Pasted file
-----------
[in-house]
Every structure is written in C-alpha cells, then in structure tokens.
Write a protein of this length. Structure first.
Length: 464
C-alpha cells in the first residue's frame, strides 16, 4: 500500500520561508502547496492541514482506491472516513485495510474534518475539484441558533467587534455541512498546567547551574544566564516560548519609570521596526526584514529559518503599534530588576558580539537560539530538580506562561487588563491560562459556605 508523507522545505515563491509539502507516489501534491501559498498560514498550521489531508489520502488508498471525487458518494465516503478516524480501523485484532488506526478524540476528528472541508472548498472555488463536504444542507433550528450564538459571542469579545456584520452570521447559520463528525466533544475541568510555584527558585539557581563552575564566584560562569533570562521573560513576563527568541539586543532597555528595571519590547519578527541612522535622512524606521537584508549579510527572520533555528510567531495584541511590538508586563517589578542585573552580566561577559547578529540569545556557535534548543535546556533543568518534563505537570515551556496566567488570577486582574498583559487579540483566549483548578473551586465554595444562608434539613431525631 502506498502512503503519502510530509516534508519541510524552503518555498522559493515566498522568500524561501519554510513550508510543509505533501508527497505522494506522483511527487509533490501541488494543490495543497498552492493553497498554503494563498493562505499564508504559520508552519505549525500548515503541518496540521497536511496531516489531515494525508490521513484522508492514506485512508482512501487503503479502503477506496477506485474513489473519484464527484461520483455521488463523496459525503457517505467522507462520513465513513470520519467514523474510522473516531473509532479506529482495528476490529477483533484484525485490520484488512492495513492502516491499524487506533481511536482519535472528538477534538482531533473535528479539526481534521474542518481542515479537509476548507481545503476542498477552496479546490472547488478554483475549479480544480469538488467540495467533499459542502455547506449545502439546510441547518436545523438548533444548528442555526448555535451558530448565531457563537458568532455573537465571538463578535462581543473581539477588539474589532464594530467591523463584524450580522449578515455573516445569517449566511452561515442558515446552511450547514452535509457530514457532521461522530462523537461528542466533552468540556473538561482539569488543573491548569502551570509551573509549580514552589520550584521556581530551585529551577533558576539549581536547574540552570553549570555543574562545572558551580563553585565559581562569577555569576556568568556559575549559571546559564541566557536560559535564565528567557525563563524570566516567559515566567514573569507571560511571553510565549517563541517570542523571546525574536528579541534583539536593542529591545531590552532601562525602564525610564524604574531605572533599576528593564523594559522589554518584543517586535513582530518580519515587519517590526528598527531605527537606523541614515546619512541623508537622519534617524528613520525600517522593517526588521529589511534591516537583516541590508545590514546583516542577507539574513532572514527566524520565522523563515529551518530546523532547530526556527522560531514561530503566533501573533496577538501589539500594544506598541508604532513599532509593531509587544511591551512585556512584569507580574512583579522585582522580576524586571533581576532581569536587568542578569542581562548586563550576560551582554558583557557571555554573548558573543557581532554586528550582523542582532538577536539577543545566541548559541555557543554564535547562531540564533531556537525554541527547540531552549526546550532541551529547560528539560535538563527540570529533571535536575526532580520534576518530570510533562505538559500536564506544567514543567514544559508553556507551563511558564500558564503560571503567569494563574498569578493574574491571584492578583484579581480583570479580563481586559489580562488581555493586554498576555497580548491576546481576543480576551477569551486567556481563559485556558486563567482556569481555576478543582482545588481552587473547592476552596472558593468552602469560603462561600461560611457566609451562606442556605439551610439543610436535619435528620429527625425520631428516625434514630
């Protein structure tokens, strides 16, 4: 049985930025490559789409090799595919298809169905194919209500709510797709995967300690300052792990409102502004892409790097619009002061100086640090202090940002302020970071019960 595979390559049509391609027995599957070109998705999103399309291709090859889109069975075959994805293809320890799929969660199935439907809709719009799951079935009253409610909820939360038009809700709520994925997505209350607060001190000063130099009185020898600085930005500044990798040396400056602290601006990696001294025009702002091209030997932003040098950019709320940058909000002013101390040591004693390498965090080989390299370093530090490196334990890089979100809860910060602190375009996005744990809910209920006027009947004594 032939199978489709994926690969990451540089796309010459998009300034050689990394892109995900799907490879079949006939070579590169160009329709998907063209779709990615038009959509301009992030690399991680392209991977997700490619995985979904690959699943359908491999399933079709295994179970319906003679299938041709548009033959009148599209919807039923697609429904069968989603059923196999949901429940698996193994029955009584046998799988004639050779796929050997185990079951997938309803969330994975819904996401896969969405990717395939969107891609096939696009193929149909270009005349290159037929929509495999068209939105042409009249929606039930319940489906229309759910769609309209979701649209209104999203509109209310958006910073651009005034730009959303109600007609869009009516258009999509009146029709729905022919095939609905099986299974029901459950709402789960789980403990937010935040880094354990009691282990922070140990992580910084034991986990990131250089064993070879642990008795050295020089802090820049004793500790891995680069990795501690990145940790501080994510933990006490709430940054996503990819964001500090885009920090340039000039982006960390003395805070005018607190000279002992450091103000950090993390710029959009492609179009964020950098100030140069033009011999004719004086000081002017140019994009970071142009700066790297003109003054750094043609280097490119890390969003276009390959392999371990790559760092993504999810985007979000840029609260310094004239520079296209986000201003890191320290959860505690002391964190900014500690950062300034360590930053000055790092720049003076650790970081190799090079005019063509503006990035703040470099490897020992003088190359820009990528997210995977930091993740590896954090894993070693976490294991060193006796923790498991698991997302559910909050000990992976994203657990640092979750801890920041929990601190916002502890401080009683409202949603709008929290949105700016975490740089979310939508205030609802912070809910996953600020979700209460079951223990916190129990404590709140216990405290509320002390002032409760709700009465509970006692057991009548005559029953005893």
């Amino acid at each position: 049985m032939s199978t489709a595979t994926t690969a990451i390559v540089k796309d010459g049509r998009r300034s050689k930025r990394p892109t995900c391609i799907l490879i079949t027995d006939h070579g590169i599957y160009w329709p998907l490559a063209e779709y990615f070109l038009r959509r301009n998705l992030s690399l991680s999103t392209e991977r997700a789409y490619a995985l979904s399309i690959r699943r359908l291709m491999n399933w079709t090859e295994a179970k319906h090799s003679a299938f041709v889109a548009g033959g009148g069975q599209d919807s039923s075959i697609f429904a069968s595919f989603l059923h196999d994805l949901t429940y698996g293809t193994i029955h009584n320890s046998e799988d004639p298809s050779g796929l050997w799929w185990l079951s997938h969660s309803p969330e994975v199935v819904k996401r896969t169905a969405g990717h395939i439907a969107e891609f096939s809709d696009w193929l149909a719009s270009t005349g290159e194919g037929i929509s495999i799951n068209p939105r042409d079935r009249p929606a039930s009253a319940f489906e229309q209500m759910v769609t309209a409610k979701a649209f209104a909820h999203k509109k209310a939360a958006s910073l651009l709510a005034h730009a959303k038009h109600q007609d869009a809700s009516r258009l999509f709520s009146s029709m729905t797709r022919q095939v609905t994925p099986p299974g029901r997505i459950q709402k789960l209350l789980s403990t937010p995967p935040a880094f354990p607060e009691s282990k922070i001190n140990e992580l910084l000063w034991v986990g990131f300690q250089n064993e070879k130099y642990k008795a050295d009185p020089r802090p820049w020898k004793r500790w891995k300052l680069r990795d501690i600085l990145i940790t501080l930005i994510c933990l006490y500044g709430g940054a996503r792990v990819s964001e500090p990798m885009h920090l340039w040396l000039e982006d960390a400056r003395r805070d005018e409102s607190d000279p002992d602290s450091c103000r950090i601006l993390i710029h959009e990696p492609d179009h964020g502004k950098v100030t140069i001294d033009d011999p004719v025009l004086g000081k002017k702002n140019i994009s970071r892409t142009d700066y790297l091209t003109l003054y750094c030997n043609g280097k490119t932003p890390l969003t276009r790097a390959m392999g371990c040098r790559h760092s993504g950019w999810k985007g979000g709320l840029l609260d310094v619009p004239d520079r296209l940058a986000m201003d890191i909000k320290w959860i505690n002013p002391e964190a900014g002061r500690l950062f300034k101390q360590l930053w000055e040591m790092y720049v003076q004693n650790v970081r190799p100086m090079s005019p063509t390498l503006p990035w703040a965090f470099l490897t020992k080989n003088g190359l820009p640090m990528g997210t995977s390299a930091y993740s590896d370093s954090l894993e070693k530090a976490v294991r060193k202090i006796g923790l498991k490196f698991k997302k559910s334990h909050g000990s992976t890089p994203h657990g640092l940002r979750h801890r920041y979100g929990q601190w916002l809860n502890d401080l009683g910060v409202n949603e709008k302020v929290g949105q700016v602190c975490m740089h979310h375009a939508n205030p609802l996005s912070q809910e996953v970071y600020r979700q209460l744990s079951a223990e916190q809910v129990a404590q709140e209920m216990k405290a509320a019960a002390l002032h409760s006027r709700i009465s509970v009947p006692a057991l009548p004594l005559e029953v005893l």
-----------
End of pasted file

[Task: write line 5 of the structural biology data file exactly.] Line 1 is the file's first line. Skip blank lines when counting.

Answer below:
C-alpha cells in the first residue's frame, strides 16, 4: 500500500520561508502547496492541514482506491472516513485495510474534518475539484441558533467587534455541512498546567547551574544566564516560548519609570521596526526584514529559518503599534530588576558580539537560539530538580506562561487588563491560562459556605 508523507522545505515563491509539502507516489501534491501559498498560514498550521489531508489520502488508498471525487458518494465516503478516524480501523485484532488506526478524540476528528472541508472548498472555488463536504444542507433550528450564538459571542469579545456584520452570521447559520463528525466533544475541568510555584527558585539557581563552575564566584560562569533570562521573560513576563527568541539586543532597555528595571519590547519578527541612522535622512524606521537584508549579510527572520533555528510567531495584541511590538508586563517589578542585573552580566561577559547578529540569545556557535534548543535546556533543568518534563505537570515551556496566567488570577486582574498583559487579540483566549483548578473551586465554595444562608434539613431525631 502506498502512503503519502510530509516534508519541510524552503518555498522559493515566498522568500524561501519554510513550508510543509505533501508527497505522494506522483511527487509533490501541488494543490495543497498552492493553497498554503494563498493562505499564508504559520508552519505549525500548515503541518496540521497536511496531516489531515494525508490521513484522508492514506485512508482512501487503503479502503477506496477506485474513489473519484464527484461520483455521488463523496459525503457517505467522507462520513465513513470520519467514523474510522473516531473509532479506529482495528476490529477483533484484525485490520484488512492495513492502516491499524487506533481511536482519535472528538477534538482531533473535528479539526481534521474542518481542515479537509476548507481545503476542498477552496479546490472547488478554483475549479480544480469538488467540495467533499459542502455547506449545502439546510441547518436545523438548533444548528442555526448555535451558530448565531457563537458568532455573537465571538463578535462581543473581539477588539474589532464594530467591523463584524450580522449578515455573516445569517449566511452561515442558515446552511450547514452535509457530514457532521461522530462523537461528542466533552468540556473538561482539569488543573491548569502551570509551573509549580514552589520550584521556581530551585529551577533558576539549581536547574540552570553549570555543574562545572558551580563553585565559581562569577555569576556568568556559575549559571546559564541566557536560559535564565528567557525563563524570566516567559515566567514573569507571560511571553510565549517563541517570542523571546525574536528579541534583539536593542529591545531590552532601562525602564525610564524604574531605572533599576528593564523594559522589554518584543517586535513582530518580519515587519517590526528598527531605527537606523541614515546619512541623508537622519534617524528613520525600517522593517526588521529589511534591516537583516541590508545590514546583516542577507539574513532572514527566524520565522523563515529551518530546523532547530526556527522560531514561530503566533501573533496577538501589539500594544506598541508604532513599532509593531509587544511591551512585556512584569507580574512583579522585582522580576524586571533581576532581569536587568542578569542581562548586563550576560551582554558583557557571555554573548558573543557581532554586528550582523542582532538577536539577543545566541548559541555557543554564535547562531540564533531556537525554541527547540531552549526546550532541551529547560528539560535538563527540570529533571535536575526532580520534576518530570510533562505538559500536564506544567514543567514544559508553556507551563511558564500558564503560571503567569494563574498569578493574574491571584492578583484579581480583570479580563481586559489580562488581555493586554498576555497580548491576546481576543480576551477569551486567556481563559485556558486563567482556569481555576478543582482545588481552587473547592476552596472558593468552602469560603462561600461560611457566609451562606442556605439551610439543610436535619435528620429527625425520631428516625434514630